Green Party Co-Leader confident farming is moving in the right direction despite setbacks

Green Party Co-Leader confident farming is moving in the right direction despite setbacks

Now less than two months out from the national election, the conversation is heating up, as competing political parties are vying for public votes in the hope of being elected into Government come October.

Green Party Co-Leader James Shaw, who grew up in a farming family in the East Cost of New Zealand told REX host Dominic George that while not there yet, he believes Aotearoa's rural sector is heading in the right direction.

"We are moving from a mass, low-price commodity producer to much more of a niche, high-end provider of fine foods to the world's most discerning audiences," he said.

"I think that is absolutely the way to go for a country with such a sophisticated farming sector as the one that we have got."

Given the fact that there is only a limited amount of land available for farming, Shaw believes making the most of the land available, is the best thing for the sector.

"Distance has always been our enemy here.

"If we can really occupy that high-end niche, then that means we are essentially extracting greater value from the land that we do have and we are able to overcome some of those variables that you get at that commodity end."

Despite speculations around its progress, Shaw told George He Waka Eke Noa is making progress and a lot of conversations between the Government and sector leaders are ending in positive outcomes.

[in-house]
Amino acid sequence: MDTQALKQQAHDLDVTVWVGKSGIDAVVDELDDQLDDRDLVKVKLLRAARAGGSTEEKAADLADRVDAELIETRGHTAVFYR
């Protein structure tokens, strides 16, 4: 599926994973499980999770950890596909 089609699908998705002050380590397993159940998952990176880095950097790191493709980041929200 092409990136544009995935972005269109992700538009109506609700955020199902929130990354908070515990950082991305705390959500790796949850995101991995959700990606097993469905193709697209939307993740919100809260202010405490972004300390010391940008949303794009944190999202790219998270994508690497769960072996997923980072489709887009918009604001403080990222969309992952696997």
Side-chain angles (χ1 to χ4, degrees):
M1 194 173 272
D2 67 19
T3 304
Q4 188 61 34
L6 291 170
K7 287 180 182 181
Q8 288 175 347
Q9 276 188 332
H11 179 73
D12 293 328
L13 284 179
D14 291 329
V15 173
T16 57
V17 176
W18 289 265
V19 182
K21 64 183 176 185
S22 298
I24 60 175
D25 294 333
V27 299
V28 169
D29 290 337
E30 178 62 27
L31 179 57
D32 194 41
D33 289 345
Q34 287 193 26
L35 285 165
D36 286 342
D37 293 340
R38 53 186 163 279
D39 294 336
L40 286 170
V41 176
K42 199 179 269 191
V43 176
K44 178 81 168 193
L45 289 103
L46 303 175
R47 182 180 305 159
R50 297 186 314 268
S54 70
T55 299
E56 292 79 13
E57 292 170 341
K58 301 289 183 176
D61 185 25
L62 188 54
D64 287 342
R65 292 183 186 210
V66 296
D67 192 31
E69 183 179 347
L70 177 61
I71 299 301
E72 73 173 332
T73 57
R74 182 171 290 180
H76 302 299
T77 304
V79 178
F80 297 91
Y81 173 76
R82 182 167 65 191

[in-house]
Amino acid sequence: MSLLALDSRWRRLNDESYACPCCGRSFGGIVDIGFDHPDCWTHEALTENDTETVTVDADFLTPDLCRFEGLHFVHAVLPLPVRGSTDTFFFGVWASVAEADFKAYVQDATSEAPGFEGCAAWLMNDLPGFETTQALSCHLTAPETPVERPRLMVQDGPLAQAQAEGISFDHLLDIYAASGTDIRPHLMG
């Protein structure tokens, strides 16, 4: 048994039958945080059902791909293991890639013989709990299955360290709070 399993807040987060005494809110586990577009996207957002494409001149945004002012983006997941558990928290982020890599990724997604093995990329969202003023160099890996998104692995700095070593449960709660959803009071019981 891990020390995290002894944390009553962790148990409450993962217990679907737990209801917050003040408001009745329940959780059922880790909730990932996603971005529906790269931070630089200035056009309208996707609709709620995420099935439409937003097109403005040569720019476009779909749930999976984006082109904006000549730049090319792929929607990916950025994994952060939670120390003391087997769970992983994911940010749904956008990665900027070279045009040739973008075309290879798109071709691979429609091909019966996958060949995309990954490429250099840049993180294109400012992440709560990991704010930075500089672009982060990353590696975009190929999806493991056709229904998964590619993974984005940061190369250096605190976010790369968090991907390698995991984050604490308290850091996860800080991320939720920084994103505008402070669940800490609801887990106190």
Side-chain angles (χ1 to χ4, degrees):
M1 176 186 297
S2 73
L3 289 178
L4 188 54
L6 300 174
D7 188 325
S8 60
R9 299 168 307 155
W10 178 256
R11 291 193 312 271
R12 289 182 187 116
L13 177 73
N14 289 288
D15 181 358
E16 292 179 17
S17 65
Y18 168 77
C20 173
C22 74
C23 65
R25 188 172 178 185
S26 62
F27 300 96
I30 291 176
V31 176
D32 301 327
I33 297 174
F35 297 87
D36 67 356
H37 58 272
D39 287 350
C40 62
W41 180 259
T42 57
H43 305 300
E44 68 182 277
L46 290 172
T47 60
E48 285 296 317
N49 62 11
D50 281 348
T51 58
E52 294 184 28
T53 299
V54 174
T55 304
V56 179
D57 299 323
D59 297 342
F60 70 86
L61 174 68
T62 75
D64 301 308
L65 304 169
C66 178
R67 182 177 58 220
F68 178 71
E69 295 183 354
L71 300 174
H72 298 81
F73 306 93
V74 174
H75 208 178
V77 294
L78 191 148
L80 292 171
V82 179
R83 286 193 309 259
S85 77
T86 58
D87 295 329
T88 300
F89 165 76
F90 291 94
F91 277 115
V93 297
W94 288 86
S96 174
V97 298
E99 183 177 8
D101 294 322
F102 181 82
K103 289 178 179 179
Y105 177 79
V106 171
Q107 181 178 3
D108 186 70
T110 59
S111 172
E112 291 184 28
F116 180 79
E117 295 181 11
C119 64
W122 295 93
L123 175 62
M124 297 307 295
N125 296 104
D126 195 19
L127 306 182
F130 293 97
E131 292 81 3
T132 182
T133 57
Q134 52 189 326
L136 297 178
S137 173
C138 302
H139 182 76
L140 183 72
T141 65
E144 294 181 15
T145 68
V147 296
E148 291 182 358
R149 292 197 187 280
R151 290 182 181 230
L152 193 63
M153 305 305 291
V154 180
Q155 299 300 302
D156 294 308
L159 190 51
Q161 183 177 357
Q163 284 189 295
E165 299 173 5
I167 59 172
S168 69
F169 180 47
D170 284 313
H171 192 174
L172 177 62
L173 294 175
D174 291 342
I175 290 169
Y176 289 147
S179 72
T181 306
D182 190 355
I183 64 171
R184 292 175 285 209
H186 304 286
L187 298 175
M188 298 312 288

"We've had really good uptake with the 'know your numbers' program, something like 80-85% of farmers now have one of those but there are 10 different systems in play.

"People are unable to compare apples with oranges so we want to get some commonality behind those different systems.

"That's where we can see some progress whilst we are still arguing the detail over other bits."

He admitted that the current Emissions Trading Scheme is flawed in the fact that about 90% of the legislation is sequestration from the forest but doesn't recognise other forms of sequestration, which he said needs to change.

"We want to flip that on its head and make it much more innovative.

"We want to set up a system where we are able to recognise all scientifically valid forms of sequestration."

Listen to the full chat between Green Party Co-Leader James Shaw and Dominic George above.

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